The InsiderOne Daily Report

  Thursday, December 21, 2000

Giving Community Radio The Corporate Finger

InsiderOne's Michael Goldberg writes: As most of us have learned, in this democracy money doesn't talk, it swears. So it's no surprise that, less than a week after W. became the president-elect, a plan by the Federal Communications Commission (F.C.C.) to open the airwaves up for more low-power radio stations is being sabotaged by Congress, according to a report in Tuesday's (December 19, 2000) New York Times. The F.C.C. had planned to issue licenses for over 1000 low-power FM radio stations to community organizations, including schools and churches. But slipped into budget legislation that President Clinton is expected to sign is a new law, the Radio Broadcasting Act of 2000, which essentially lets Congress put the big kibosh on any new licenses. F.C.C. chairman William E. Kennard himself wanted to see more new low-power stations because he believes that the consolidation we've seen in the broadcast industry has led to what the Times characterized as "a sharp decline in the diversity of voices on the airwaves." "This is a resource that everyone has to share," said Kennard, interviewed by the Times. "We can't allow people who have the spectrum to use their political clout to shut out voices that don't have the same clout. This [the new law] highlights the power of incumbency. Companies that have spectrum guard it jealously, and they can use Congress to prevent new voices from having access to the airwaves." This is, of course, business as usual. The airwaves are effectively controlled by huge conglomerates — Chancellor Media Corp., for example, owns nearly 470 commercial radio stations, while Viacom owns something like 150 stations. No matter where you go in this big U. S. of A., you hear many of the same crappy songs on what are essentially clone stations — stations that copy the play lists of similar stations in other regions. Meanwhile, people are desperate for a more diverse offering, which is why Internet radio, delivering myriad genre stations, has quickly become a killer app, attracting millions of listeners. Community stations, which include college stations like San Francisco's KUSF and Berkeley's KALX, provide everything from unconventional philosophical and political perspectives to eclectic, non-mainstream music programming. Find me a commercial station that includes Johnny Cash, Death Cab for Cutie, Gilberto Gil, Deltron 3030 and Radiohead in its play list. If you were listening to KALX, you heard all of those artists during November, as well as Sun Ra, Ryan Adams, PJ Harvey and Tom Ze. The F.C.C. plan would have added many more voices to the mix. You could write your Congressman or -woman and let them know what you'd like them to do. I'd like to think that if the public made some noise, it might make a difference. Perhaps that's just wishful thinking. They're probably too busy bending over before their corporate benefactors to pay us any mind.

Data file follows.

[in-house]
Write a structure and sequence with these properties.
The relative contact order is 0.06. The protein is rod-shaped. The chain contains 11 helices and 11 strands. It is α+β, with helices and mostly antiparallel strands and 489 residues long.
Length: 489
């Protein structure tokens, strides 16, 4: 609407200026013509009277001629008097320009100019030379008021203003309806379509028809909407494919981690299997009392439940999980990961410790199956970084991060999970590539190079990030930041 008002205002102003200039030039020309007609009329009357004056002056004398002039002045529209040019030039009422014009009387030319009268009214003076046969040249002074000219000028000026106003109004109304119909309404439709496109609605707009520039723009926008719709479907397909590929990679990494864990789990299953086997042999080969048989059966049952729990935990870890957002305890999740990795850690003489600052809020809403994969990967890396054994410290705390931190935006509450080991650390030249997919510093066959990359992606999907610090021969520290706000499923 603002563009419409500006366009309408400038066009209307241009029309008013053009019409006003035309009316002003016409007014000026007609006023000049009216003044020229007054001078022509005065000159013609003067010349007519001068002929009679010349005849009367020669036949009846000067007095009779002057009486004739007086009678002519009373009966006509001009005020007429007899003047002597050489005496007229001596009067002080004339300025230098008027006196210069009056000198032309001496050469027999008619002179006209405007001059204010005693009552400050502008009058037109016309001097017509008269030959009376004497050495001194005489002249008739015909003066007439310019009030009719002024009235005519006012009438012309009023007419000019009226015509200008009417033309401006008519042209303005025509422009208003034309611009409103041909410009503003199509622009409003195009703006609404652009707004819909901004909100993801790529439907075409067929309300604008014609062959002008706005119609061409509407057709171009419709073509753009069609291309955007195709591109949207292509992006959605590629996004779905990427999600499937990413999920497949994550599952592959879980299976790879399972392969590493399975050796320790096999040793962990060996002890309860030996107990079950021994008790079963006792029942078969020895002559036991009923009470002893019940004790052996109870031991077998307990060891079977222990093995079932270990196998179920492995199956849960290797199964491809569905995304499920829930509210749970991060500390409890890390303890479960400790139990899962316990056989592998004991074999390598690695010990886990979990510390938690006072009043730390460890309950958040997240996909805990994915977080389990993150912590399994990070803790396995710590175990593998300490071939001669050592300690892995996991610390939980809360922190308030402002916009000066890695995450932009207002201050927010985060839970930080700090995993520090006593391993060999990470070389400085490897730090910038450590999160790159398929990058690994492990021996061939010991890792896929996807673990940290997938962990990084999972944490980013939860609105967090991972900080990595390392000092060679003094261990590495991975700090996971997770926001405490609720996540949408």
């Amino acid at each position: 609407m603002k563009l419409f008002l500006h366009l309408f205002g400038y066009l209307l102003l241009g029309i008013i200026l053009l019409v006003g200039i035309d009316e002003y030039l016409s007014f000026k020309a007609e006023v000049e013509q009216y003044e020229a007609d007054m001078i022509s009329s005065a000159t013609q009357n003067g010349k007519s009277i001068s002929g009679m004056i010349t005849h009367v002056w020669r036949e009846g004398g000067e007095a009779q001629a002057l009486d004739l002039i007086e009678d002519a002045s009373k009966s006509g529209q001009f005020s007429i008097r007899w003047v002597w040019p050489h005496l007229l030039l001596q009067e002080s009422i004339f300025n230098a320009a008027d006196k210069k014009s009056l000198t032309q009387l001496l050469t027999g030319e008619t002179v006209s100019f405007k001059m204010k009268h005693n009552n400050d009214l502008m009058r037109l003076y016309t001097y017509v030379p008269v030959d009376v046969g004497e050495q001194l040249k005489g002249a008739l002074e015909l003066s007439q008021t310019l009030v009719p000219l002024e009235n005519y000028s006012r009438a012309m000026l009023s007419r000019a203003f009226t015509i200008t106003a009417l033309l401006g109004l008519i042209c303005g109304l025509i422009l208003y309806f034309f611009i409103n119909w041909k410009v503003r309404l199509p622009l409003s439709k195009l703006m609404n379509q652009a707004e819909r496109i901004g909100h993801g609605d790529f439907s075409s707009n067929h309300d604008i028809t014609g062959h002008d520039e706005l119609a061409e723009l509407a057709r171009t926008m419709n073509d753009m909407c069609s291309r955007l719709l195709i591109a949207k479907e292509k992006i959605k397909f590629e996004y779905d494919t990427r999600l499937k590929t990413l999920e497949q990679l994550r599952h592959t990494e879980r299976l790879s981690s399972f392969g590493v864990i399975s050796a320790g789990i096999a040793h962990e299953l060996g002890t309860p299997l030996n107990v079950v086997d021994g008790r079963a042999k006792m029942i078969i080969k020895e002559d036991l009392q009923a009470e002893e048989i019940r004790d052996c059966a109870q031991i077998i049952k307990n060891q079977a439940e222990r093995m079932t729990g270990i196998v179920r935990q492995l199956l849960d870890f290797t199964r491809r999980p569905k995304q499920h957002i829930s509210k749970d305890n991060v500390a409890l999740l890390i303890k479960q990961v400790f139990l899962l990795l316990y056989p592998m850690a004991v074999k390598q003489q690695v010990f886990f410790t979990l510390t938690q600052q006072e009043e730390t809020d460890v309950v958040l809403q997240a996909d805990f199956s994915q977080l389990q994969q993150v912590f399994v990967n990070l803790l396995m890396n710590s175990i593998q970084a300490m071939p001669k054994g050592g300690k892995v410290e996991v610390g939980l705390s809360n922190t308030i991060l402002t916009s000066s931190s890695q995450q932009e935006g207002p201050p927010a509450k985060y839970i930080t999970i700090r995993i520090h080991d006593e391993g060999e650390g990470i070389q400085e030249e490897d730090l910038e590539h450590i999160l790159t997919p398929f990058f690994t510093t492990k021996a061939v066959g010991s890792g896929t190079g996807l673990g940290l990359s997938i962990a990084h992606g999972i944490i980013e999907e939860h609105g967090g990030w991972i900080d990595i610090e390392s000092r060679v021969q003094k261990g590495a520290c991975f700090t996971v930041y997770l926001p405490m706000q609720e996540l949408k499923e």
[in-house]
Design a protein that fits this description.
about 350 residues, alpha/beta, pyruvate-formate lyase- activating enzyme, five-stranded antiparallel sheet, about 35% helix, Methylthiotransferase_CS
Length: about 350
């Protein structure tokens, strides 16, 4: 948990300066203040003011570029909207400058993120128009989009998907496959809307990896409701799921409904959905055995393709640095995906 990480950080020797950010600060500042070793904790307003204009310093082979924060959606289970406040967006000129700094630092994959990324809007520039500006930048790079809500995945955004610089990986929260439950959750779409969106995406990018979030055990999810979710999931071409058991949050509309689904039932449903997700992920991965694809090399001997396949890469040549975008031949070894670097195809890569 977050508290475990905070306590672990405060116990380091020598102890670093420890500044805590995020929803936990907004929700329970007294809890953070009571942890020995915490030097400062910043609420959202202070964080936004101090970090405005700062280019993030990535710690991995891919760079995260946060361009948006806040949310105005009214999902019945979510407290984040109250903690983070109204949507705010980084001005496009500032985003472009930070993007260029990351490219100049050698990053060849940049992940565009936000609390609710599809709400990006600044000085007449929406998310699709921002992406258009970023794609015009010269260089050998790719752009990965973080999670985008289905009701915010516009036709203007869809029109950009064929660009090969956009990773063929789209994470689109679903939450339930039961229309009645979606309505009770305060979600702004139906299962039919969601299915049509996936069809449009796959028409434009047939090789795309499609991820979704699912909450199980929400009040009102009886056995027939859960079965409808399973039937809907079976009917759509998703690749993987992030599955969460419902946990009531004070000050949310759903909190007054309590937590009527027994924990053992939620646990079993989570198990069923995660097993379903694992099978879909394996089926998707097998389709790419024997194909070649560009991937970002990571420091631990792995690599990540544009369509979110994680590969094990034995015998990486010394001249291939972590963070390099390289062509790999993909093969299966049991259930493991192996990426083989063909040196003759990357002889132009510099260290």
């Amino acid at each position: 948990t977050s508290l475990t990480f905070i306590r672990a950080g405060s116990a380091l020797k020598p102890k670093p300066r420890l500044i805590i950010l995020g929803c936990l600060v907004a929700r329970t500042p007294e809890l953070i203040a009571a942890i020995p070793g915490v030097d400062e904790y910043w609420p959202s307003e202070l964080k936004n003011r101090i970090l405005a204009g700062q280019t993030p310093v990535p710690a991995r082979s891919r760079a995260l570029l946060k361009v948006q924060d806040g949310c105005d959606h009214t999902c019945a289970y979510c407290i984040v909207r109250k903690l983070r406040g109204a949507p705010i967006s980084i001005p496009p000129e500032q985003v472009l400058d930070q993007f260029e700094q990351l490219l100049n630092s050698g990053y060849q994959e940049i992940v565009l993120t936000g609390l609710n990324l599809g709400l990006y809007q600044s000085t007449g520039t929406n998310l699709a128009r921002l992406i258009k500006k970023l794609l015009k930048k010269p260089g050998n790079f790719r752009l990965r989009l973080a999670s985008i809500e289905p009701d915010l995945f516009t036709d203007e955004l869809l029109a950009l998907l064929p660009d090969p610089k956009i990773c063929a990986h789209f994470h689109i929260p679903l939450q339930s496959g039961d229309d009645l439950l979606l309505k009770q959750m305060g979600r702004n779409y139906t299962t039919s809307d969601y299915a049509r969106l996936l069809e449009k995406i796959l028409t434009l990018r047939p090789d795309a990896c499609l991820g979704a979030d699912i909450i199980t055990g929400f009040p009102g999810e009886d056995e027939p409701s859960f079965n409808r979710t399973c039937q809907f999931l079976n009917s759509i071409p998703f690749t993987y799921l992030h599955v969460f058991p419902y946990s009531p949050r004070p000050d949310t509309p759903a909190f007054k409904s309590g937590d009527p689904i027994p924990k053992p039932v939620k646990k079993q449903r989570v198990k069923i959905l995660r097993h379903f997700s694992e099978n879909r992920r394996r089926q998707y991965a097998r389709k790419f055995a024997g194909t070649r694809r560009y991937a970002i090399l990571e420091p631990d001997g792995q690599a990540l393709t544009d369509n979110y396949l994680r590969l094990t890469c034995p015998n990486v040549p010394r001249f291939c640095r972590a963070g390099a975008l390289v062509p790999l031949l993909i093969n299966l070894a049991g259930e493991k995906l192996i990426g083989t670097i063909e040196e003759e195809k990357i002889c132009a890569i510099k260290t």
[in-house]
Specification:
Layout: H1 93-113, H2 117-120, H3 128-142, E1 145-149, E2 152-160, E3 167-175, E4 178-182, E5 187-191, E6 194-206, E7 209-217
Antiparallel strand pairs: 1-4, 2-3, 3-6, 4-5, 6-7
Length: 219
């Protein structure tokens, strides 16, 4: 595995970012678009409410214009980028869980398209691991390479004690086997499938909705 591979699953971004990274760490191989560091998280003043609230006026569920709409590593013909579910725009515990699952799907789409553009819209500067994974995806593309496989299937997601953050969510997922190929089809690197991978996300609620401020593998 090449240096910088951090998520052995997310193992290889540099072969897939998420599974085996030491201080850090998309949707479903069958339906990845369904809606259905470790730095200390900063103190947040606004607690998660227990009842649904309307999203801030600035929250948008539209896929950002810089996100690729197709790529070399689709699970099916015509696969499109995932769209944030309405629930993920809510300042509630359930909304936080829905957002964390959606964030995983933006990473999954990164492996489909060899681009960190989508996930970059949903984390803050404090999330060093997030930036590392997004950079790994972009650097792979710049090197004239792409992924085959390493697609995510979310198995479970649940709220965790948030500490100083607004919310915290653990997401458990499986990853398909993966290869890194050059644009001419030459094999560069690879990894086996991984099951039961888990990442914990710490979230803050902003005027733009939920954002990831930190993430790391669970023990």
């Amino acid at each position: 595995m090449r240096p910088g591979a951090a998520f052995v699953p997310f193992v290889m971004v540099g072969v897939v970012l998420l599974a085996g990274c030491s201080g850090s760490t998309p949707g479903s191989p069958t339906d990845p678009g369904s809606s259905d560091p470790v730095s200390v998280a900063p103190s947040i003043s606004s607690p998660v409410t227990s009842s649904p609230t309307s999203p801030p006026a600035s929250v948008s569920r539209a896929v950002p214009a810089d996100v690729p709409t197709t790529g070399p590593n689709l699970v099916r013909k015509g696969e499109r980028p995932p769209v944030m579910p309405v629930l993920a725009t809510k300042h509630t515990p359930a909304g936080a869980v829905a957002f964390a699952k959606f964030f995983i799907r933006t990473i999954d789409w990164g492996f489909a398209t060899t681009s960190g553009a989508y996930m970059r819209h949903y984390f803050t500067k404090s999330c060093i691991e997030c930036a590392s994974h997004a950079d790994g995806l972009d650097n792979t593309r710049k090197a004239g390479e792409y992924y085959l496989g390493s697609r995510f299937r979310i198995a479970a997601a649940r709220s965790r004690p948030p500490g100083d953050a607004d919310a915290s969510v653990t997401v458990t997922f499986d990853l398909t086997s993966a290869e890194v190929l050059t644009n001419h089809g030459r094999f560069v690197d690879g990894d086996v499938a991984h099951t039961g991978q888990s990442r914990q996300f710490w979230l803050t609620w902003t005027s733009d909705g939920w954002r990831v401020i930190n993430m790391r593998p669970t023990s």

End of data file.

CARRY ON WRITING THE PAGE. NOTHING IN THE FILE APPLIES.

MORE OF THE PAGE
Datastream: Another side project from Guided By Voices' Bob Pollard is out of the hangar. The Howling Wolf Orchestra's Speedtraps for the Bee Kingdom is available off the GBV Web site. In addition to Bob Pollard and his brother Jim, this limited-edition album (500 copies) features drummer Jim MacPherson and guitarist Nate Farley. Songs include: "You Learn Something Everyday," "I'm Dirty," "Where Is Out There?" and "Is It Mostly? (it is mostly)."... R.E.M.'s fan club single this year includes a cover of the Beatles' "Christmas Time (Is Here Again)," reports SonicNet. ... In case you haven't checked out the excellent film "Billy Elliot," the soundtrack (which totally suits what you see onscreen) includes a number of T. Rex songs — "Bang A Gong (Get It On)," "Cosmic Dancer," "Ride A White Swan" and "Children of the Revolution" — as well as the Clash's "London Calling" and the Jam's "A Town Called Malice."... Note that for the week ending December 6, 2000 the French top 20 included albums by both Johnny Hallyday and Eminem. Go figure.

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Michael Goldberg is the president of He founded Addicted To Noise in 1994.

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